Why I’m Not Latinx

Practical Progressivism


My mother moved to the Northeast about 20 years ago, far from her original home in Guatemala, and similarly distant from her 13 other siblings who settled in California and the Midwest. We visit this side of my family irregularly — spring break in Oklahoma being the most recent occasion. My time in Tulsa last March was spent trying to make up for the fact that my Spanish is laughable, that I attend an “elite” university, that I live in Cambridge, and that I have fairer skin than my cousins. My Hispanic identity is at my core, yet it remains something I keep having to prove, define, and reflect on.

The Hispanic community, too, has had a difficult time trying to define themselves. For decades, it has been impossible to find a widely accepted pan-ethnic label for this artificially constructed group. Although the majority of Hispanics prefer to identify with their country of origin, there is a practical (oftentimes political) need for an all-encompassing label. In the past couple of years, the categorization “Latinx” has arrived to fulfill this need in progressive spaces — everywhere from college campuses to the corporate world. This is despite the fact that only 3 percent of Hispanic adults prefer using the term Latinx to describe themselves; even more damning, 40 percent of Hispanics are offended by it. As a baseline heuristic: if almost half a population is offended by the term used to describe it, maybe it warrants a second look.

This re-evaluation has already begun. Democrats are starting to view Latinx as an electoral liability. Joe Biden used the term in a speech last June, yet the descriptor is nowhere to be found in the most recent version of his 9,000-word “Agenda for the Latino Community.” The League of United Latin American Citizens has removed Latinx from all its official documents. At Harvard, substitutes such as “Latine” and “Latinidad” have been proposed as defensible alternatives — just last Thursday the Harvard Institute of Politics posted an infographic explaining the linguistic merits of Latine.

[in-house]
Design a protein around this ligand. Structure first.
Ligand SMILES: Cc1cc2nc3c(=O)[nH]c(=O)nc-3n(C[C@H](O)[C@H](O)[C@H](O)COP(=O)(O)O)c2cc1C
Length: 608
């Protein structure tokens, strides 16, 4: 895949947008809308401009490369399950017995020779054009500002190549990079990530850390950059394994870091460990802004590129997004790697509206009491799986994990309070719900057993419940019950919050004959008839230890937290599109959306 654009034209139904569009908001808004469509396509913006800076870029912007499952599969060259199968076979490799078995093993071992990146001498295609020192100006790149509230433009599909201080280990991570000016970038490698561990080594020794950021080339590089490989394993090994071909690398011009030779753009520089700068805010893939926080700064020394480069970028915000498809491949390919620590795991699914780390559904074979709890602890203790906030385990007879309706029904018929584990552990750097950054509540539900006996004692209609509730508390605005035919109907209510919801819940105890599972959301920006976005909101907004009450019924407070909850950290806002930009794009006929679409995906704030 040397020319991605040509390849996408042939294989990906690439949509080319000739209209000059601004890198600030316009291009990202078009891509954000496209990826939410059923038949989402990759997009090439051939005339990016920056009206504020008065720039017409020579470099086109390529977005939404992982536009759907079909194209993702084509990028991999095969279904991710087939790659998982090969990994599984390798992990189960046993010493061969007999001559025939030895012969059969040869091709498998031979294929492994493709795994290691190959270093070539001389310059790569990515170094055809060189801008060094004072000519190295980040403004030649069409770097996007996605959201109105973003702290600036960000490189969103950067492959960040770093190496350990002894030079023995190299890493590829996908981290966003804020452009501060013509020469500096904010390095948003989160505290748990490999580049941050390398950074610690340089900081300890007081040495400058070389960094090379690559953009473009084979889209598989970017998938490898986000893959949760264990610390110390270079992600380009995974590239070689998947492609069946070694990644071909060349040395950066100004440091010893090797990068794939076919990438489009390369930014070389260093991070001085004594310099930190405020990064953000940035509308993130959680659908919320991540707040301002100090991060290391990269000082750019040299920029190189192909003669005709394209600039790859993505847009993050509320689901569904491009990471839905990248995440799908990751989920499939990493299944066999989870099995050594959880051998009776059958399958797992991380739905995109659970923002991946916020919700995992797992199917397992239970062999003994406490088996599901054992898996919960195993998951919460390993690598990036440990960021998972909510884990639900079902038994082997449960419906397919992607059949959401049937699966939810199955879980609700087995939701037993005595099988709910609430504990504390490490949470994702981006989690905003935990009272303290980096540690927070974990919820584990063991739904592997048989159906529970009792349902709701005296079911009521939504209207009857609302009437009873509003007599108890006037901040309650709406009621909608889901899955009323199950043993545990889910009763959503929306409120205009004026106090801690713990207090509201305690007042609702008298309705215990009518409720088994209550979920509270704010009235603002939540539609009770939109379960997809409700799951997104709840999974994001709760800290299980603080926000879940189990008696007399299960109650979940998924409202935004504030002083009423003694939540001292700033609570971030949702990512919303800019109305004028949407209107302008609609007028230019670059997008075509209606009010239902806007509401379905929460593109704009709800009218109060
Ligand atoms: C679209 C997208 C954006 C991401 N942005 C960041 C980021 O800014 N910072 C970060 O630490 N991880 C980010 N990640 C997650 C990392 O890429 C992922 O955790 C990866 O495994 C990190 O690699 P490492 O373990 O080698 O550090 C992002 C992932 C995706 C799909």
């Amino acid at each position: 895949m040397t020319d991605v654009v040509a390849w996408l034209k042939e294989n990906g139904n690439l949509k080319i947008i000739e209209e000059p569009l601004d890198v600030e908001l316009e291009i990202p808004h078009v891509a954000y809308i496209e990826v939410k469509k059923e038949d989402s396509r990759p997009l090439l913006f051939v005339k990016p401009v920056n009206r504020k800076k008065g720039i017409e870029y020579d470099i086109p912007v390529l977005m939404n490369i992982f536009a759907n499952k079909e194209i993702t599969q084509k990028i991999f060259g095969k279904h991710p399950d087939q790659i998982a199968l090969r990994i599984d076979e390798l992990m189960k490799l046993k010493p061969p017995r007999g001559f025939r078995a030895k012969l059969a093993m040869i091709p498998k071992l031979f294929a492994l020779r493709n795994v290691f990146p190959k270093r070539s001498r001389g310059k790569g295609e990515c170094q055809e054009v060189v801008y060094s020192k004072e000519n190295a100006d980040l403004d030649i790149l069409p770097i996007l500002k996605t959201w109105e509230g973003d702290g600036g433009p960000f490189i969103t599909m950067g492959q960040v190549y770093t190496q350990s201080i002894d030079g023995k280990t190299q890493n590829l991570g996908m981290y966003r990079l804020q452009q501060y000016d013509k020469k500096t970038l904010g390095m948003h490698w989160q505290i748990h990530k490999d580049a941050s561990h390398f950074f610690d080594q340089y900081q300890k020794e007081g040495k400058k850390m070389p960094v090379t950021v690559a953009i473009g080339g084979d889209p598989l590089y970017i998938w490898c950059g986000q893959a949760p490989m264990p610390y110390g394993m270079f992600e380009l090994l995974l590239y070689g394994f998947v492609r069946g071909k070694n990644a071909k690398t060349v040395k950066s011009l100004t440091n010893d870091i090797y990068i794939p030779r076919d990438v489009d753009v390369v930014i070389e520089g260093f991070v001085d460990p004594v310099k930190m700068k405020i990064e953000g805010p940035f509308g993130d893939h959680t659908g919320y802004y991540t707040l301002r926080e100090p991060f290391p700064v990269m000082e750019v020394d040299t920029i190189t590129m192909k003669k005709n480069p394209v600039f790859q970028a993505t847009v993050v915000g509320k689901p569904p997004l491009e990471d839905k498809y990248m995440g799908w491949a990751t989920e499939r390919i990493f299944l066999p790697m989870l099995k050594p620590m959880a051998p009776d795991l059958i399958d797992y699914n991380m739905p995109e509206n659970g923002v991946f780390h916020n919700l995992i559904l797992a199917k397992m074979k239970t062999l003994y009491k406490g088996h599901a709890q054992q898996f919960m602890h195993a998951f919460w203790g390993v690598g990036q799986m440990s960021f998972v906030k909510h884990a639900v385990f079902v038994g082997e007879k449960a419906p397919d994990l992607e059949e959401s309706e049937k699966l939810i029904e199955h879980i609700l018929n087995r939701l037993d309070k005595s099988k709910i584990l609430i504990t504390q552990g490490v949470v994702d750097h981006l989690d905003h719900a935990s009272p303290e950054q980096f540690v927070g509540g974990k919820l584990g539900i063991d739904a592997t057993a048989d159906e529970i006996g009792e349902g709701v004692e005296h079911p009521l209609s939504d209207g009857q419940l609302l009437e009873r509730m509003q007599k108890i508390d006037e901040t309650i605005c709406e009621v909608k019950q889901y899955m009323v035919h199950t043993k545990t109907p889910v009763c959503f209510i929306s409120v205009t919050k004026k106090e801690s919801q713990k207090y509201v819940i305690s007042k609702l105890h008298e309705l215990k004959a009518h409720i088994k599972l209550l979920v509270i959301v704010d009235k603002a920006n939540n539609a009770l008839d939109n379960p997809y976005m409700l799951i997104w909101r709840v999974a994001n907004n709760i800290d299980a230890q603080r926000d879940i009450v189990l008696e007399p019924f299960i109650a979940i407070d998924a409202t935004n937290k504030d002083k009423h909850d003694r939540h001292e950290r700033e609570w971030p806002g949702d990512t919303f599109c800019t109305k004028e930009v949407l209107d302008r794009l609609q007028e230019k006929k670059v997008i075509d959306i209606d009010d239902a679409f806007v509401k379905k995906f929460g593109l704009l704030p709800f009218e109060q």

Although genuine momentum against Latinx is emerging, the term still has a hold on Harvard’s campus. This September, the fifth annual Latinx Convocation took place; Hispanic groups on campus such as Fuerza Latina and Latinxs in Finance and Technology still use the verbiage on all their mailing lists.


My own distaste for Latinx follows the line of many other commentators. The term screams ignorance of Hispanic culture, language, and priorities. Latinx is predominantly used by younger, college-educated, and progressive Hispanics. In other words, the 3 percent of Hispanics that prefer the term are not emblematic of the broader demographic. More important than the anglicization inherent in Latinx’s spelling — or even its failure to catch on in non-elite settings — is the fact that it actively offends a serious proportion of Hispanics. I am hard-pressed to think of another widely accepted term that could get away with this, let alone be considered the politically correct appellation.

Despite my broad concerns with Latinx, I don’t necessarily think it should be abandoned on campus. Hispanics at Harvard can choose any term they like to describe themselves — even if 97 percent of Hispanics nationwide wouldn’t agree with their choice. A lot of this cultural disparity boils down to wealth, stemming from the fact that socioeconomic diversity at Harvard is severely lacking. Even the recommended solutions, Latine and Latinidad, are far from what Hispanics around the country would want. The burden of this embarrassing incongruity, though, is not on progressive students who are concerned about gender inclusivity. Rather, it rests on Harvard to admit a more economically diverse, and thus culturally diverse, group of students.

Even though Latinx is just a symptom of larger cultural dissonance, its use still sends a clear message. Personally, I refuse to be labeled Latinx. A subtle wave of guilt washes over me every time I’m obligated to check the Latinx box on internship applications or advisory forms. I get the opportunity to be Latinx — while my Latino cousins do not. Being in an environment where the term is prominent is itself a privilege that most Hispanics do not have. Being labeled Latinx cements every one of the 1,500 physical and figurative miles from Cambridge to Tulsa.

It has been a longstanding fear of mine that I will become disconnected from my Hispanic family. Matriculating to Harvard has only amplified these concerns. The Ivy League bubble only serves to complement my other non-traditional Hispanic qualities. Latinx, at times, feels like the final straw. The last step to the top of the Hispanic Ivory Tower. It’s one I just cannot take.

Harold Klapper ’25 is an economics and philosophy double concentrator in Eliot House. His column “Practical Progressivism” appears on alternate Tuesdays.